Convenors: Marco Capasso, Erik Fjærli, Eric J. Iversen, Marina Rybalka, Tore Sandven and Espen Solberg.
Session type: Speed talk session.
The outbreak of the Coronavirus has caused a sudden and pervasive lockdown of vital activities. Large parts of the economy have been affected, and many companies have struggled. At the same time, some companies find new opportunities and even prosper in times of economic turmoil and uncertainty. There is general consensus in the scholarly literature that companies engaging in R&D and innovation should be better at weathering economic downturns and even turning crises to new opportunities. This is also a core rationale for public support to business R&D and innovation. But countries, sectors and companies are respond differently to downturns.
Archibugi, Filippetti, and Frenz (2013) have shown that the economic downturn following the 2007-2008 financial crisis has overall reduced the firms’ expenditures for innovation. However, the reaction has been heterogenous across different typologies of innovating firms. In other words, crises seem to allow the simultaneous presence of both creative destruction and creative accumulation, labelled by Freeman, Clark, and Soete (1982) as Schumpeterian models “Mark I” and “Mark II”. Supported by a strong and diverse theoretical framework (Dosi, Marsili, Orsenigo & Salvatore, 1995; Nelson & Winter, 1982), innovation is one of the usual suspects in defining differences in performance (and especially sustained performance) among firms.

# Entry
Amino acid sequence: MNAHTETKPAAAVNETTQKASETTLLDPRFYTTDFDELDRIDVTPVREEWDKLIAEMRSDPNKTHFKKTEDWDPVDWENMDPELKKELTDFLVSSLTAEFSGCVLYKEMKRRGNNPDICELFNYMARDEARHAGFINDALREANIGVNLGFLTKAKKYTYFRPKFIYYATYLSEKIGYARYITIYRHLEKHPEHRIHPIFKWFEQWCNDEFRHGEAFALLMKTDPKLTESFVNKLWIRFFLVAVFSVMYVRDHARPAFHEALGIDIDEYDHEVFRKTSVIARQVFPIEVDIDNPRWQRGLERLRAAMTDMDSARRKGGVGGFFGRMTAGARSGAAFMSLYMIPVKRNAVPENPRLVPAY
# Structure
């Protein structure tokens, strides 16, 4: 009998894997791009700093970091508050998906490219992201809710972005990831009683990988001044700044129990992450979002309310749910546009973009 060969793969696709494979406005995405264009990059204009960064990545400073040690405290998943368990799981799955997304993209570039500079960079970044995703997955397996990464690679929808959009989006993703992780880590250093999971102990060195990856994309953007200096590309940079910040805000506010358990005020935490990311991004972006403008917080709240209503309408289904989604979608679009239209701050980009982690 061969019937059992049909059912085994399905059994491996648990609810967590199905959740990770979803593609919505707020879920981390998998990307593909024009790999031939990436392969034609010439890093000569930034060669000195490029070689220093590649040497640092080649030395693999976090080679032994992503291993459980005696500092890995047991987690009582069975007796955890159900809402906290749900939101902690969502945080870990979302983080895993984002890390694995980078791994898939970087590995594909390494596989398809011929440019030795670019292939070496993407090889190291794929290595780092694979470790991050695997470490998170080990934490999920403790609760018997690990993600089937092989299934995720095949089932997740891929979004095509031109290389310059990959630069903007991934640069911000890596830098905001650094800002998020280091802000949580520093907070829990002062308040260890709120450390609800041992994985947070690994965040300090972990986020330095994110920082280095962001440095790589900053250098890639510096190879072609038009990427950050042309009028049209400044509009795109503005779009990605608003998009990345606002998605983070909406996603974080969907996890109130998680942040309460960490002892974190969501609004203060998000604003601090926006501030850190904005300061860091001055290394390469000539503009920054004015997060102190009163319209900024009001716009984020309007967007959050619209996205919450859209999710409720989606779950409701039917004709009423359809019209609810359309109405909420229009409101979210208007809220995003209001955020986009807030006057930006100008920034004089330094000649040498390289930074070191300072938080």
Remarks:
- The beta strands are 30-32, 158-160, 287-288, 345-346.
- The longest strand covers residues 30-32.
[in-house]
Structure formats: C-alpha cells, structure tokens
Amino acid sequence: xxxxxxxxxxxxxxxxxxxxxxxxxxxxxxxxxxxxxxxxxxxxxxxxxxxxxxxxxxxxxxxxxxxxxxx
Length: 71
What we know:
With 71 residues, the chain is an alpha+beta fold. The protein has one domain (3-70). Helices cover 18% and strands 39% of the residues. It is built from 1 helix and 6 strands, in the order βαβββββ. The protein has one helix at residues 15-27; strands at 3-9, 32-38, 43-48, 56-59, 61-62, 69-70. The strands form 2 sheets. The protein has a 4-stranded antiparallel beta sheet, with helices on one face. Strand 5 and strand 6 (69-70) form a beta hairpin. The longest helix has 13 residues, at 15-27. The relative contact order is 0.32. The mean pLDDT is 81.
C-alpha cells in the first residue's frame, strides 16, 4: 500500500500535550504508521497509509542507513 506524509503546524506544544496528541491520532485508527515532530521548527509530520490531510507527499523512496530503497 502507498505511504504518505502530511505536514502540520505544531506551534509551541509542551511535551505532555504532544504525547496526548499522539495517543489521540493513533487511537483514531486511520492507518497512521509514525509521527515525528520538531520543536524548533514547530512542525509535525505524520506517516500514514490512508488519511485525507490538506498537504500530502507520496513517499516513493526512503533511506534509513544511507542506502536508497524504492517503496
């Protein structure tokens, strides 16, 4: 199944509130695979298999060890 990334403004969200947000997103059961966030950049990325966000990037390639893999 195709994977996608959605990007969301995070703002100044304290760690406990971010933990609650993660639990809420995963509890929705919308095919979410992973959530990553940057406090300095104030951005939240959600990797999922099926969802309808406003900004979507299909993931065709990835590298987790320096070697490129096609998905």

In case of an economic crisis, firms that face financial constraints are most likely to suffer economically given their higher vulnerability to an adverse economic climate. As a result, firms may reduce their R&D investments or even go bankrupt. This is especially the case for SMEs (Zecchini 2012). Hence, one could expect that availability of relevant public R&D support tools is crucial for those firms to maintain their innovative activities. The effectiveness of R&D supporting policies is continuously under investigation. However, the knowledge on the impacts of such policies in the situation of economic crises is still limited.
Archibugi, D., Filippetti, A., & Frenz, M. (2013). Economic crisis and innovation: is destruction prevailing over accumulation? Research Policy, 42(2), 303-314.
Zecchini, S. (2012): OECD Countries’ Policy Approach to the SME Crisis in the Recent Recession (eds. G. Calcagnini and I. Faveretto). Springer Verlag, Berlin-Heidelberg, 17–40.Dosi, G., Marsili, O., Orsenigo, L., & Salvatore, R. (1995). Learning, market selection and the evolution of industrial structures. Small business economics, 7(6), 411-436.
Freeman, C., Clark, J., & Soete, L. (1982). Unemployment and technical innovation: a study of long waves and economic development: Burns & Oates.
Nelson, R. R., & Winter, S. G. (1982). An evolutionary theory of economic change. Cambridge, MA: Harvard University Press.